The International Committee of The Red Cross (ICRC) warned on Tuesday that the climate crisis is pushing Yemeni communities already reeling from almost eight years of conflict to the breaking point.
Yemeni farmers, relying on agriculture and livestock for their survival, have seen their livelihoods destroyed by extreme drought, devastating flooding and grinding conflict, making it harder for them to make ends meet, ICRC said in a report.
This comes at a time when the number of Houthi mine victims in agricultural areas has risen to more than 300 civilians over the past months, according to UN reports.
ICRC said flooding in recent months has had a devastating impact on the Yemeni agricultural sector, destroying crops and moving explosive remnants of war to agricultural areas.
“With Yemen facing a devastating food security crisis, this will only further exacerbate an already alarming situation,” it said.
The Committee revealed that currently, approximately 19 million people in Yemen are unable to meet their daily food needs countrywide, compared to 16.2 million last year.
“That’s about 63% of the total population, up from 53% last year,” it affirmed.
Also, the climate crisis and conflict are forcing more families to abandon their homes, ICRC said, adding that over 3.3 million people in Yemen are currently estimated to be displaced from their homes.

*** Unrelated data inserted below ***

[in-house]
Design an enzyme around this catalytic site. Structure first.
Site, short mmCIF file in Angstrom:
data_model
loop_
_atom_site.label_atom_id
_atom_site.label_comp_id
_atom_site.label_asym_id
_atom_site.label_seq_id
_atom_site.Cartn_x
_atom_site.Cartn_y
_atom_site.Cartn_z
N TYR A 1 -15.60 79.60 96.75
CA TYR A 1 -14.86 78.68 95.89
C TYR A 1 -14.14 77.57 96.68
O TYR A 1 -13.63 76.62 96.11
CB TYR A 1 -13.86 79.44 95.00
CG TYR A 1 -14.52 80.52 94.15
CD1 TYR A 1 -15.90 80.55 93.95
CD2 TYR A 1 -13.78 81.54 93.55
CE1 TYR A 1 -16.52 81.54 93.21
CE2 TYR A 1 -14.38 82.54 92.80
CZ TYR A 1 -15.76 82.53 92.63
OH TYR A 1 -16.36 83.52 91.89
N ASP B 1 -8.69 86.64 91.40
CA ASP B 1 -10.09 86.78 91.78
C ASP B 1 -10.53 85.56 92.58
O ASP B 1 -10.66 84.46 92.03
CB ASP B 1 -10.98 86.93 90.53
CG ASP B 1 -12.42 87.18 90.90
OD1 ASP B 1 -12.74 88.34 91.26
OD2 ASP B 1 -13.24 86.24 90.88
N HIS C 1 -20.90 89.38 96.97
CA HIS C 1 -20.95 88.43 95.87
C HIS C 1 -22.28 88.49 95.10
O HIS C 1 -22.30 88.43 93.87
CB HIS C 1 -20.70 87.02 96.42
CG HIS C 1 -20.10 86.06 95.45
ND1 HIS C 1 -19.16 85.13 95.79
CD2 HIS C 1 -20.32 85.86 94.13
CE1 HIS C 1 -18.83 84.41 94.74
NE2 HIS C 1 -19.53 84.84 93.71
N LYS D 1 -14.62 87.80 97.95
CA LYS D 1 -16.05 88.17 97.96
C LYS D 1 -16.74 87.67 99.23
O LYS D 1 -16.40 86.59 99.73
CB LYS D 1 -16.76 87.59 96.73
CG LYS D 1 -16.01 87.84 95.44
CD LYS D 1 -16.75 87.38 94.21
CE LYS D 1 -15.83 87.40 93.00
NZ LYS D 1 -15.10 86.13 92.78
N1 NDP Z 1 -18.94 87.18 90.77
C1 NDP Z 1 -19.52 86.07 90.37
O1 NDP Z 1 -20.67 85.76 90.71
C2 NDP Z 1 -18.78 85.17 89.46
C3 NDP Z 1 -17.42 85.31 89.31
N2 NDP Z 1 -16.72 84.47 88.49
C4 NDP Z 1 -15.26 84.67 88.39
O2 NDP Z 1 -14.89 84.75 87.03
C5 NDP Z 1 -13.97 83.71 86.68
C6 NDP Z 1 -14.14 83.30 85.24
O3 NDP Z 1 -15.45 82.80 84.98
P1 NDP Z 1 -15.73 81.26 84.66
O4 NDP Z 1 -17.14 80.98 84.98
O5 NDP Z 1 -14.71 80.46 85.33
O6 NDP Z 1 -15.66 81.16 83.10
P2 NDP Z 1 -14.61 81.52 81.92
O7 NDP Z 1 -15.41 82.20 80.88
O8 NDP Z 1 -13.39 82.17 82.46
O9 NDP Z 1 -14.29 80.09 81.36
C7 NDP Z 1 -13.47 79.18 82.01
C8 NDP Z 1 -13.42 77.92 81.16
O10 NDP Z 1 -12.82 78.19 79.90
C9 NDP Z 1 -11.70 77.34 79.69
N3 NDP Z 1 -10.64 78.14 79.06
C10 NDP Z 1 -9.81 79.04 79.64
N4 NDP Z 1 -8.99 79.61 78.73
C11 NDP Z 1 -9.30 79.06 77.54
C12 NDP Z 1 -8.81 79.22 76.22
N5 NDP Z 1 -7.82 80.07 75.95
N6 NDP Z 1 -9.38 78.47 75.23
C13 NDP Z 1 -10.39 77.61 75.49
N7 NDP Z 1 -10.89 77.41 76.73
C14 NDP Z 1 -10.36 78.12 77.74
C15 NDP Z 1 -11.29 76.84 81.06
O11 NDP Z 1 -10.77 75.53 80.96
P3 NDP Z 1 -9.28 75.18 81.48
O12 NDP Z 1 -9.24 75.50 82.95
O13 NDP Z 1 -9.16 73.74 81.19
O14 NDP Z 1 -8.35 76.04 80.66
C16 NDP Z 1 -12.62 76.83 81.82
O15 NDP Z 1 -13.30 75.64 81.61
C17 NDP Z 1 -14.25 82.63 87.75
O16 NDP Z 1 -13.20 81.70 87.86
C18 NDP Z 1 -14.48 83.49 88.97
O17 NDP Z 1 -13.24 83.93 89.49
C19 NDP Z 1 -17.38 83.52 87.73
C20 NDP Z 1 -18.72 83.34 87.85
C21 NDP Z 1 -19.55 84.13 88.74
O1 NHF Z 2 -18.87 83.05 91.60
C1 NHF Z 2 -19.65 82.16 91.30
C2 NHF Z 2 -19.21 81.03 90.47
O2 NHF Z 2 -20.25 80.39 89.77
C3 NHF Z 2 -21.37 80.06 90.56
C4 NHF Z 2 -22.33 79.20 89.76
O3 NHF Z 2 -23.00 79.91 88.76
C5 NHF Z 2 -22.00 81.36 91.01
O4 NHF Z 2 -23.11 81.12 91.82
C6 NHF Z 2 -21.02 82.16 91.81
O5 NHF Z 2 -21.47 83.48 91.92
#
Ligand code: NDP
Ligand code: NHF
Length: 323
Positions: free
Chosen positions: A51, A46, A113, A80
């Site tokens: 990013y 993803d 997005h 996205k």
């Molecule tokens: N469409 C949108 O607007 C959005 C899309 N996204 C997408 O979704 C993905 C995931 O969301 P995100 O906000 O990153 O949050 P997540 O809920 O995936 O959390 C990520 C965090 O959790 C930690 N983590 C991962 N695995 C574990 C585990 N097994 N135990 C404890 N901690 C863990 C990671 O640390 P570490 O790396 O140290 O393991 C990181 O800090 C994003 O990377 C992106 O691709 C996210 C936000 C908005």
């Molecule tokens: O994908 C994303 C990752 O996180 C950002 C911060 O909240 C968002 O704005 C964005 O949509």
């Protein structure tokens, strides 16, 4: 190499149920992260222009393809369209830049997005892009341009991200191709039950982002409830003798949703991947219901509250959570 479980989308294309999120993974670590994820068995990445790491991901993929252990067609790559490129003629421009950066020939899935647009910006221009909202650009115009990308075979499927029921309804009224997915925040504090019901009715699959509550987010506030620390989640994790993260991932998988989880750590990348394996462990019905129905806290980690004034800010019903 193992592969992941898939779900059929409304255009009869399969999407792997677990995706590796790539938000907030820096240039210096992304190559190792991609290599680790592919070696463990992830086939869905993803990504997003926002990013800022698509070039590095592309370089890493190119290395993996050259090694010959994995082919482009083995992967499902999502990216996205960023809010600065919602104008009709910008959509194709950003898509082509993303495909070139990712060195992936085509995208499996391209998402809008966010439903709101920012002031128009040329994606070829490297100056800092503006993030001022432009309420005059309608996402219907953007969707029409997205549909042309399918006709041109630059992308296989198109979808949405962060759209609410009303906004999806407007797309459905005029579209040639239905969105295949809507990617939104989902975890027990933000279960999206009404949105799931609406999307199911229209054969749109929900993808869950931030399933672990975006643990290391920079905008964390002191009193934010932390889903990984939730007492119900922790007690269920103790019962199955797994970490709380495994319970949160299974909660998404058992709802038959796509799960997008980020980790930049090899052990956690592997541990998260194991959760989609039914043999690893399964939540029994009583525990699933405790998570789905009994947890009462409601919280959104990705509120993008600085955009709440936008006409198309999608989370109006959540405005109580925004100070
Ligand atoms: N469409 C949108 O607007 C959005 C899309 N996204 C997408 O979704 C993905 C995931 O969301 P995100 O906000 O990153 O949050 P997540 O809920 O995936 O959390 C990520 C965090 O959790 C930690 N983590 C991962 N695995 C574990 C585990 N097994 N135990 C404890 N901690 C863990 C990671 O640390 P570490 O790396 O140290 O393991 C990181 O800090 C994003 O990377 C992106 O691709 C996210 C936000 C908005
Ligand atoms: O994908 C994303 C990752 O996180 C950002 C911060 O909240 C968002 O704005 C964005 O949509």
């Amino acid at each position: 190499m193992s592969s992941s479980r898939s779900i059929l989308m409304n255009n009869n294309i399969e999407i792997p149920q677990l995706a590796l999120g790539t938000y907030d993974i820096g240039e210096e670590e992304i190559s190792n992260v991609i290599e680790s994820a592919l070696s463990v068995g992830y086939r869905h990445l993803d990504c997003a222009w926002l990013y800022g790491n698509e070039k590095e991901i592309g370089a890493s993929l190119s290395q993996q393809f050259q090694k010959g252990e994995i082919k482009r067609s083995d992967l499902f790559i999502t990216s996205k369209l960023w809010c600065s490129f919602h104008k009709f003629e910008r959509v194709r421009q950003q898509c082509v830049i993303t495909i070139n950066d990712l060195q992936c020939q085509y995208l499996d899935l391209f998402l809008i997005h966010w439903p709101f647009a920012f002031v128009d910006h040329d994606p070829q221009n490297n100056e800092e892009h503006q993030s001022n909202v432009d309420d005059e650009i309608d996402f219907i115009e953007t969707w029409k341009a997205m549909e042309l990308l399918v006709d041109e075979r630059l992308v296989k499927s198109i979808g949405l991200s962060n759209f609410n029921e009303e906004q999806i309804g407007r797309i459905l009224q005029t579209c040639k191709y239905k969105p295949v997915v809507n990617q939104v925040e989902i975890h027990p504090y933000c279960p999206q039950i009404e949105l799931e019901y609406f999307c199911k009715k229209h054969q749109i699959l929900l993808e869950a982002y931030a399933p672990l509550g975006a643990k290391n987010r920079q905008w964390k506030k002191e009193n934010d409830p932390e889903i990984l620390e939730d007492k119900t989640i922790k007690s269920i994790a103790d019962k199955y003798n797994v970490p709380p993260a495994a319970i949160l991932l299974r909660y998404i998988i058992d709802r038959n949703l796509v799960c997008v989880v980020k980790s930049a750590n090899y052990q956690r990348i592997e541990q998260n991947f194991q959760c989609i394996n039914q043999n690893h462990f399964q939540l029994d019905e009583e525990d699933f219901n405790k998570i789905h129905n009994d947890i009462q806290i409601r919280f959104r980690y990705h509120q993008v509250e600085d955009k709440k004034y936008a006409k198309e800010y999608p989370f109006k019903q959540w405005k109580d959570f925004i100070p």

“It is not uncommon for people to flee their homes seeking safety from conflict to then leave again because the ground cannot be farmed,” the Committee said.
In some areas, unexploded ordnances lurk in what should be farmland, making it dangerous for people to attend to their land.
Also, water scarcity across Yemen, exacerbated by the protracted conflict and several years of droughts, has limited access to safe water for 17.8 million people, the Committee said.
It warned that the droughts have forced an increasing number of farmers to abandon their profession.
ICRC’s report also showed that Yemen, like many conflict-affected countries, is disproportionately impacted by climate change and it called for greater support to help people cope with and adapt to climate change in countries like Yemen.
The report said ICRC works in close collaboration with Yemen Red Crescent Society to support the most vulnerable rural communities to sustain their livelihoods.
In 2021, more than 112,500 livestock keepers benefited from livestock vaccination and treatment campaigns, while in 2022 thousands of farmers have benefitted from multi-purpose cash grants, micro-economic initiative projects or coffee or wheat seed donations.
Meanwhile, the United Nations Office for Humanitarian Affairs revealed that civilian casualties increased by 20 percent since the April 2 truce due to Houthi landmines compared to the previous six months.
Until September 2022, landmines and unexploded ordnance killed 95 people and injured 248 in Yemen, the UN said.
Mines mostly affect frontline areas in Hodeidah and Jawf governorates.